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BUTTERCUP, THE SLOTH THAT STARTED IT ALL
Kids brought the Arroyos an orphaned sloth in 1991, kicking off their sloth-rescuing operation. Now Buttercup greets visitors and “knows that she is the spokesperson for the sloths of tropical America and takes her duties very, very seriously,” says Avey-Arroyo.
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JUST HANGING OUT
Raised together as sisters, Pandora, Santie, Sheena and Tori enjoy a meal with an injured adult. “They are now inseparable. … Best Friends Forever!” says Avey-Arroyo.
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PORCUPINES WELCOME, TOO
Kinkajous, monkeys, felines, coatis, grisons, pelicans and all kinds of critters have shown up at the door of the the Aviaros Sloth Sanctuary. They’ve saved 60 non-sloths, including Spike, a baby Mexican hairy tree porcupine, who loves to cuddle.
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The best part of running the sanctuary is seeing injured or sick sloths returned to health, says Avey-Arroyo. The “Slothpital” treats lots of vehicle and powerline injuries, including Leena’s – horrifically, she was hit by a car, then set on fire. Luckily, she made it to the sanctuary, where she fully recovered and has a permanent home.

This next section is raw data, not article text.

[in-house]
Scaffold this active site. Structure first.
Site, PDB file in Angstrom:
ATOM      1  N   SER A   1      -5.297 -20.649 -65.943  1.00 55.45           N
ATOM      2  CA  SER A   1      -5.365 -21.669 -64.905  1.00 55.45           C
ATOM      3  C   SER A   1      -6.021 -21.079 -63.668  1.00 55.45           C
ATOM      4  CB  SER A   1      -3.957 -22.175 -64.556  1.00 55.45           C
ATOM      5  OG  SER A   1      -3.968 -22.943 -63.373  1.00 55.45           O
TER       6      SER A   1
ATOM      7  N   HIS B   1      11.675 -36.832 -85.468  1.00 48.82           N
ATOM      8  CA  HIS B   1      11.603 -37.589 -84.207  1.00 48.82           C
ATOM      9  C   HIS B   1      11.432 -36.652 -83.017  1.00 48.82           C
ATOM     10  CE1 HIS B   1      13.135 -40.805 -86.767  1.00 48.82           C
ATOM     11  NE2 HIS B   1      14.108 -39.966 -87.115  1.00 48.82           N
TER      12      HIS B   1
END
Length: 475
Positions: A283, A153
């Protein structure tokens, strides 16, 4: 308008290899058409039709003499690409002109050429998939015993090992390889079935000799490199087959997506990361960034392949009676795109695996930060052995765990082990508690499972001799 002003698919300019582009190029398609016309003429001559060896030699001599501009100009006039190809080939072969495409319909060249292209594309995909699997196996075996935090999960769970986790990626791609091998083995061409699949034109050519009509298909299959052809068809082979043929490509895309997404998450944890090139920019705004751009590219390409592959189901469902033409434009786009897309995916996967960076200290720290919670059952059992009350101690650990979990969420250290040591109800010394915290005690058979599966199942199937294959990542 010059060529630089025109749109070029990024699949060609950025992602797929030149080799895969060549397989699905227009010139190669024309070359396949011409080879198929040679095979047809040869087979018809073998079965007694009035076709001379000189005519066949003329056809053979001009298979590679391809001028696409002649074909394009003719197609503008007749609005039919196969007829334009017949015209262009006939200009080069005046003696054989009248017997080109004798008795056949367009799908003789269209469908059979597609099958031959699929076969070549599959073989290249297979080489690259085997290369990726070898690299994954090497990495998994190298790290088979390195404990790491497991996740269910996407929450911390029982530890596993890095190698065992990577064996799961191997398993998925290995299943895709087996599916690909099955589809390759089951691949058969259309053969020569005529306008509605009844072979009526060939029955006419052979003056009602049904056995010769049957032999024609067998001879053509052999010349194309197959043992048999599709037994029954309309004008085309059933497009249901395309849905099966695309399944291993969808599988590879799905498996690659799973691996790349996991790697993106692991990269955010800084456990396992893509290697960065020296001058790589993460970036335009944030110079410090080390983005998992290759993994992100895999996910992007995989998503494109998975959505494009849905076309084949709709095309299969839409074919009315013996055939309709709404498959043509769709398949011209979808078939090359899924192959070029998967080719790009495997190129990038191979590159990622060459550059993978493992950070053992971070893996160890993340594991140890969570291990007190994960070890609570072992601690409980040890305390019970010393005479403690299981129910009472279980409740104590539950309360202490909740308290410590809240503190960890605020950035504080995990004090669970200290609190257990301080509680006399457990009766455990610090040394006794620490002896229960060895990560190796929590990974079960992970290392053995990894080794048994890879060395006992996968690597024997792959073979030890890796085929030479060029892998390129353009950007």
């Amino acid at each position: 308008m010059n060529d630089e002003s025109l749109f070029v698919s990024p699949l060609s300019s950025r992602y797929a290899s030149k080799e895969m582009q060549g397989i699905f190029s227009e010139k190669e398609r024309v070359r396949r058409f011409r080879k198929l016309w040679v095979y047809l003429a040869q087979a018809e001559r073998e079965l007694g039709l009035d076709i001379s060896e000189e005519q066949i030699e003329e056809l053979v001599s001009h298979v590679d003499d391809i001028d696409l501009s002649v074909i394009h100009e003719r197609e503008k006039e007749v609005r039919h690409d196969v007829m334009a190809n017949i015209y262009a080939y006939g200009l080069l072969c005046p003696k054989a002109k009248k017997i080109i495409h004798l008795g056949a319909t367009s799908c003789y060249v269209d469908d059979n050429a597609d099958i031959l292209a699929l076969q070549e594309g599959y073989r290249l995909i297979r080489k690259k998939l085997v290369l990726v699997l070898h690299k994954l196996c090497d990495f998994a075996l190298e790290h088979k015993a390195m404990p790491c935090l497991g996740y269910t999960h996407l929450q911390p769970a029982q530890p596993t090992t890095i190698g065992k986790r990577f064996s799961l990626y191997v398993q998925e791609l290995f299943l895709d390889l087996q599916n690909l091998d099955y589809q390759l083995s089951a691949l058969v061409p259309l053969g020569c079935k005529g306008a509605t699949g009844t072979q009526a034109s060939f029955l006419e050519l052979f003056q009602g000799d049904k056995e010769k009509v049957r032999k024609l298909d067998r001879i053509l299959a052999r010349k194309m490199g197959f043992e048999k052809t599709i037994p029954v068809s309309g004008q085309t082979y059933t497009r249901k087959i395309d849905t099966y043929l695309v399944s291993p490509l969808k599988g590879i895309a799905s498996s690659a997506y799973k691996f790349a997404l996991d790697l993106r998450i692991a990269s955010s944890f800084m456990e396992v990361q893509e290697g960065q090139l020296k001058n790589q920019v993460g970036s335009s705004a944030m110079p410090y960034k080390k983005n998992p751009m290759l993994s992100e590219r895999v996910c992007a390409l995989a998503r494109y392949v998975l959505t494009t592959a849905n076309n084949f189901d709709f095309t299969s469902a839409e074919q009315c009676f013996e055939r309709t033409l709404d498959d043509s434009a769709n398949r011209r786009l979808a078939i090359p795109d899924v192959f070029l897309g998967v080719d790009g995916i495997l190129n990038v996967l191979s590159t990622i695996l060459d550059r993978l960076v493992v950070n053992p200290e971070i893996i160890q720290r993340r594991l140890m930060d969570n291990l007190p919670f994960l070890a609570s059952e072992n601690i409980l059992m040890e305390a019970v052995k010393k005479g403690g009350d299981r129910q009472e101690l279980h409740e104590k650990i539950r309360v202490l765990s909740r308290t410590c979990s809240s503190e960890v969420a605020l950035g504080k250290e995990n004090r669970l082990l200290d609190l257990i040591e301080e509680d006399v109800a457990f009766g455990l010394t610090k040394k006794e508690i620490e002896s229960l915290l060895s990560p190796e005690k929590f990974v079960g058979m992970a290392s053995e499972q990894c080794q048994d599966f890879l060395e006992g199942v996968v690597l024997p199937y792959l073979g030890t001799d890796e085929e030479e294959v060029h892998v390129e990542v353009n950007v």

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This little two-toed baby arrived with mange and had to put up with daily baths. “Some of our babies are ‘kissers,’ licking us all over our faces. Others could not care less if they ever give us a kiss!” says Avey-Arroyo.
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ON THE MEND
Poor Jewel fell 90 feet from a tree onto a cement sidewalk. She had to wear these bandages for three months while her broken arm healed. Avey-Arroyo says seeing these recoveries “fill me with joy and the knowledge that I have helpedthese beautiful animals trying to live in a very difficult world.”
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When a chemical fire burned the forest where Maggie and Molly lived, they didn’t know where to go. Rescuers whisked them to the center, where they now live in peace.
Read more about the Aviarios Sloth Sanctuary – and how to help!